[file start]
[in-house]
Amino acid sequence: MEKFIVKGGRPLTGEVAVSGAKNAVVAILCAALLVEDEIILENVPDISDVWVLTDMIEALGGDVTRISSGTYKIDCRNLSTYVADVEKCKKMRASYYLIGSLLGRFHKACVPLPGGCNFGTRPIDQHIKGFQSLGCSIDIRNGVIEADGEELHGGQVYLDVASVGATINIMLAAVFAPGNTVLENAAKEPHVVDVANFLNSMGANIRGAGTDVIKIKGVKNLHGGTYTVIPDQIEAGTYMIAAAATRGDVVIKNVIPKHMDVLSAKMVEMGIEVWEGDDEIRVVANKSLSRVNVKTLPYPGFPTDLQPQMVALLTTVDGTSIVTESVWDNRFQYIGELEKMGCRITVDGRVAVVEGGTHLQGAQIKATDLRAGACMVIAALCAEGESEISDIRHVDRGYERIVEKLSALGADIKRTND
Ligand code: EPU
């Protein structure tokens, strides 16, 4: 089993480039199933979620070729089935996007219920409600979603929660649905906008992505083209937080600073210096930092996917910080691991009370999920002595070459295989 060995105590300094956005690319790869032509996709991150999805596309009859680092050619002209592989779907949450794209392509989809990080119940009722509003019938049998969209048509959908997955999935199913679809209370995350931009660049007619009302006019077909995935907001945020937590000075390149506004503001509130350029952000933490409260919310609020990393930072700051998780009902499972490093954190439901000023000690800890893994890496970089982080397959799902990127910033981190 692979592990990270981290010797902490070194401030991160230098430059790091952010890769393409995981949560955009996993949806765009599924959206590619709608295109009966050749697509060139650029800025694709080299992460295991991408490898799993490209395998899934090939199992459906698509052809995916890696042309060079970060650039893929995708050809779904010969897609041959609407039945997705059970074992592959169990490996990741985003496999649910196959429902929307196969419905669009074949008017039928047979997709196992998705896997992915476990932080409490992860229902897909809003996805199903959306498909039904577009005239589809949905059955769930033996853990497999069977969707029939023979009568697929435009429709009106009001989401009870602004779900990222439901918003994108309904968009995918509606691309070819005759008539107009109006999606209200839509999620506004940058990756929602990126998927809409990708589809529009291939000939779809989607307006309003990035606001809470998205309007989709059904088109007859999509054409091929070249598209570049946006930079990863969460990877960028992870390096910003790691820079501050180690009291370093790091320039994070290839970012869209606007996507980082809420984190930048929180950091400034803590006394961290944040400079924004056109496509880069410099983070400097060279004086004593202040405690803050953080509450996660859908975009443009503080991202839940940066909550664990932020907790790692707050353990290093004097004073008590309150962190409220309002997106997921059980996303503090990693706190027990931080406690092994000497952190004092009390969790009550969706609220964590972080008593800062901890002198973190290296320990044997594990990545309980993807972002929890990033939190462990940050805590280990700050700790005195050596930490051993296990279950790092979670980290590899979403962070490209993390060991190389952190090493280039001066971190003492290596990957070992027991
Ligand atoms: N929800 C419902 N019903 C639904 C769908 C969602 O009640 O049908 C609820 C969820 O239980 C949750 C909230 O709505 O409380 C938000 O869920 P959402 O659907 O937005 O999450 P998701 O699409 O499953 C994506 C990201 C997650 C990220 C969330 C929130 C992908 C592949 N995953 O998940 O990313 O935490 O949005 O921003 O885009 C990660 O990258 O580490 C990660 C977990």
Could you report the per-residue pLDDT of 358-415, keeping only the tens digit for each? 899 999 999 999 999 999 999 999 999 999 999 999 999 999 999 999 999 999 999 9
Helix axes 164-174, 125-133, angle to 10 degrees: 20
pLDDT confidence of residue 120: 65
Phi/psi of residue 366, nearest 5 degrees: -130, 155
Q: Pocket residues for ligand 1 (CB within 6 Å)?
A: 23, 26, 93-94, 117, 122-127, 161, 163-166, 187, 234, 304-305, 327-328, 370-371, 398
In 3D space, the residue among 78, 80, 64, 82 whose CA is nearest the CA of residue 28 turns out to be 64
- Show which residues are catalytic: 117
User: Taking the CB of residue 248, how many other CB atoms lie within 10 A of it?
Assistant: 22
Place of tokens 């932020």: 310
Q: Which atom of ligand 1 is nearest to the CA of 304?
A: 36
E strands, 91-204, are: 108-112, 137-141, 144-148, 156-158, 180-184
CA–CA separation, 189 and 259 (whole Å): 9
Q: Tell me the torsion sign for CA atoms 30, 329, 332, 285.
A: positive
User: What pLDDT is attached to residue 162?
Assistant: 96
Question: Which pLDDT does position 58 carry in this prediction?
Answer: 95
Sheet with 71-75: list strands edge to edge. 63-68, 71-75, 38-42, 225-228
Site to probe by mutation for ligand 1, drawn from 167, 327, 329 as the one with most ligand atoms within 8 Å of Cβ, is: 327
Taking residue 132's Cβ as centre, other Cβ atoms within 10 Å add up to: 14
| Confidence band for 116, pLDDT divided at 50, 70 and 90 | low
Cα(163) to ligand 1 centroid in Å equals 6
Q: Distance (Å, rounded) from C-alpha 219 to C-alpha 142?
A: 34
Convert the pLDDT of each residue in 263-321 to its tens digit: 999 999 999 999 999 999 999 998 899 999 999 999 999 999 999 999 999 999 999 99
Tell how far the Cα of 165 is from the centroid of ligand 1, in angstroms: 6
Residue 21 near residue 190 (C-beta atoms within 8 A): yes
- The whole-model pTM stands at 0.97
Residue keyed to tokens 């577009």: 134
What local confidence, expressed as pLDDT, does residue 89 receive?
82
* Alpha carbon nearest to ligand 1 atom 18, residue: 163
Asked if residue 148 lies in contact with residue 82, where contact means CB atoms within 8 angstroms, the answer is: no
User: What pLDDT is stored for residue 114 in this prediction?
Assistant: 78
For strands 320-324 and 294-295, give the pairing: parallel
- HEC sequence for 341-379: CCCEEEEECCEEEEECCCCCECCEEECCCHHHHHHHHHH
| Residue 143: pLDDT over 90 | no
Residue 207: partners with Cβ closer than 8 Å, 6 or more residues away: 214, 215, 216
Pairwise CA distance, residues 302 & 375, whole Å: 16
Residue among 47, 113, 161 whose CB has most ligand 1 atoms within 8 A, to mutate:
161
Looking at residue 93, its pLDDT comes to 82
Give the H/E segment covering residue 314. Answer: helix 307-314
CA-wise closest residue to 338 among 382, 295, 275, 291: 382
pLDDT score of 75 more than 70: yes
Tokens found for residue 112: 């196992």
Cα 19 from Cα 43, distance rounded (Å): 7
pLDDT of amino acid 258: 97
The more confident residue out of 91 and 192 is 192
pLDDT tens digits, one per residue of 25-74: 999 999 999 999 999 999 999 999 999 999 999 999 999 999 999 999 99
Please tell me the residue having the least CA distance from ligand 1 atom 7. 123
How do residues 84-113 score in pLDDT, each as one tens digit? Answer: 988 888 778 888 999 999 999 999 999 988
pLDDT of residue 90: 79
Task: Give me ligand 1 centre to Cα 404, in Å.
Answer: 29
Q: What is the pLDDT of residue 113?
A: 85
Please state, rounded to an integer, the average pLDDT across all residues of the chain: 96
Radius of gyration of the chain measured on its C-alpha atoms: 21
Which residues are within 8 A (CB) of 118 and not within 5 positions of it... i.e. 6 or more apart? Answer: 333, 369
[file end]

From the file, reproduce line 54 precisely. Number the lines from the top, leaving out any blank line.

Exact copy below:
CA-wise closest residue to 338 among 382, 295, 275, 291: 382